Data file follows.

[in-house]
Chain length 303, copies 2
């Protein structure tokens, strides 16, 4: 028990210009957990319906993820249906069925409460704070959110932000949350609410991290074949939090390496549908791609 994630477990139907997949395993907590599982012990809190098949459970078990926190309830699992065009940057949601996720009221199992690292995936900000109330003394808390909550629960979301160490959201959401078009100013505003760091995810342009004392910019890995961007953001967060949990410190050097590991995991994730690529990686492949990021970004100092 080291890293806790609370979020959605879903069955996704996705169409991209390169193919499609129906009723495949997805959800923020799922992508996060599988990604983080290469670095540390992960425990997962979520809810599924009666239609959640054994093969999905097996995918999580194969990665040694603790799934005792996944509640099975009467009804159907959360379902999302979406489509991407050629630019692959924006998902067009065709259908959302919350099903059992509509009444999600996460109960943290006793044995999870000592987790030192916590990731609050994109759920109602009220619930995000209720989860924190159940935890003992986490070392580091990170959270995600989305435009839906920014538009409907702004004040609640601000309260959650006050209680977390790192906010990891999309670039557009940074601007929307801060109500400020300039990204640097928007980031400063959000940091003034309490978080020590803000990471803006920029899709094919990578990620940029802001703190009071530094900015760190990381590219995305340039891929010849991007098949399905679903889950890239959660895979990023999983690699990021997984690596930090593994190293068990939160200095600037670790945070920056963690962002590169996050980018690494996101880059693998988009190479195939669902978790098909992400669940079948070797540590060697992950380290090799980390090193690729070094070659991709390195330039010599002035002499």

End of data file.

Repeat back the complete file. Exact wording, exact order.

[in-house]
Chain length 303, copies 2
């Protein structure tokens, strides 16, 4: 028990210009957990319906993820249906069925409460704070959110932000949350609410991290074949939090390496549908791609 994630477990139907997949395993907590599982012990809190098949459970078990926190309830699992065009940057949601996720009221199992690292995936900000109330003394808390909550629960979301160490959201959401078009100013505003760091995810342009004392910019890995961007953001967060949990410190050097590991995991994730690529990686492949990021970004100092 080291890293806790609370979020959605879903069955996704996705169409991209390169193919499609129906009723495949997805959800923020799922992508996060599988990604983080290469670095540390992960425990997962979520809810599924009666239609959640054994093969999905097996995918999580194969990665040694603790799934005792996944509640099975009467009804159907959360379902999302979406489509991407050629630019692959924006998902067009065709259908959302919350099903059992509509009444999600996460109960943290006793044995999870000592987790030192916590990731609050994109759920109602009220619930995000209720989860924190159940935890003992986490070392580091990170959270995600989305435009839906920014538009409907702004004040609640601000309260959650006050209680977390790192906010990891999309670039557009940074601007929307801060109500400020300039990204640097928007980031400063959000940091003034309490978080020590803000990471803006920029899709094919990578990620940029802001703190009071530094900015760190990381590219995305340039891929010849991007098949399905679903889950890239959660895979990023999983690699990021997984690596930090593994190293068990939160200095600037670790945070920056963690962002590169996050980018690494996101880059693998988009190479195939669902978790098909992400669940079948070797540590060697992950380290090799980390090193690729070094070659991709390195330039010599002035002499």